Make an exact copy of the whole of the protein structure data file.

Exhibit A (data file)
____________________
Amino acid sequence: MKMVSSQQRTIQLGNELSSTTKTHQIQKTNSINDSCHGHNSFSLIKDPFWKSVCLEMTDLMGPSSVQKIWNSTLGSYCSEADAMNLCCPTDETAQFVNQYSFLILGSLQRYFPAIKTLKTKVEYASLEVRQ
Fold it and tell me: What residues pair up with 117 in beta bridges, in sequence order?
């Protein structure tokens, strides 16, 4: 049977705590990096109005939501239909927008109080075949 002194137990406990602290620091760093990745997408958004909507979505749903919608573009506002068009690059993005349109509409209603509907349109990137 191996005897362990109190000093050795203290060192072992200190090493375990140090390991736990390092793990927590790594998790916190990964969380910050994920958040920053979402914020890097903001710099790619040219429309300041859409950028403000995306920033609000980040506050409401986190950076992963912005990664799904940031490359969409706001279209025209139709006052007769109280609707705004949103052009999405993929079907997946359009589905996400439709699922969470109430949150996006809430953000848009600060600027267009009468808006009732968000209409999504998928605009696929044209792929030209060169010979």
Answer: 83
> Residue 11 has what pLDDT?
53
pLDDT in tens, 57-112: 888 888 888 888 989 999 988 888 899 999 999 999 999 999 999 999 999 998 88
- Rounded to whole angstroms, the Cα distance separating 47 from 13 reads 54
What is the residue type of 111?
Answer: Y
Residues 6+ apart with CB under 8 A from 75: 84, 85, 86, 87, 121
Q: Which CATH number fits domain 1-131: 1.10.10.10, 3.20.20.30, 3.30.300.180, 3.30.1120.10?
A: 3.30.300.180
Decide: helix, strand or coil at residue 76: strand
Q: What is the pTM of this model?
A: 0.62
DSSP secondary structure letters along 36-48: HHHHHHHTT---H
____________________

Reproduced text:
Amino acid sequence: MKMVSSQQRTIQLGNELSSTTKTHQIQKTNSINDSCHGHNSFSLIKDPFWKSVCLEMTDLMGPSSVQKIWNSTLGSYCSEADAMNLCCPTDETAQFVNQYSFLILGSLQRYFPAIKTLKTKVEYASLEVRQ
Fold it and tell me: What residues pair up with 117 in beta bridges, in sequence order?
């Protein structure tokens, strides 16, 4: 049977705590990096109005939501239909927008109080075949 002194137990406990602290620091760093990745997408958004909507979505749903919608573009506002068009690059993005349109509409209603509907349109990137 191996005897362990109190000093050795203290060192072992200190090493375990140090390991736990390092793990927590790594998790916190990964969380910050994920958040920053979402914020890097903001710099790619040219429309300041859409950028403000995306920033609000980040506050409401986190950076992963912005990664799904940031490359969409706001279209025209139709006052007769109280609707705004949103052009999405993929079907997946359009589905996400439709699922969470109430949150996006809430953000848009600060600027267009009468808006009732968000209409999504998928605009696929044209792929030209060169010979």
Answer: 83
> Residue 11 has what pLDDT?
53
pLDDT in tens, 57-112: 888 888 888 888 989 999 988 888 899 999 999 999 999 999 999 999 999 998 88
- Rounded to whole angstroms, the Cα distance separating 47 from 13 reads 54
What is the residue type of 111?
Answer: Y
Residues 6+ apart with CB under 8 A from 75: 84, 85, 86, 87, 121
Q: Which CATH number fits domain 1-131: 1.10.10.10, 3.20.20.30, 3.30.300.180, 3.30.1120.10?
A: 3.30.300.180
Decide: helix, strand or coil at residue 76: strand
Q: What is the pTM of this model?
A: 0.62
DSSP secondary structure letters along 36-48: HHHHHHHTT---H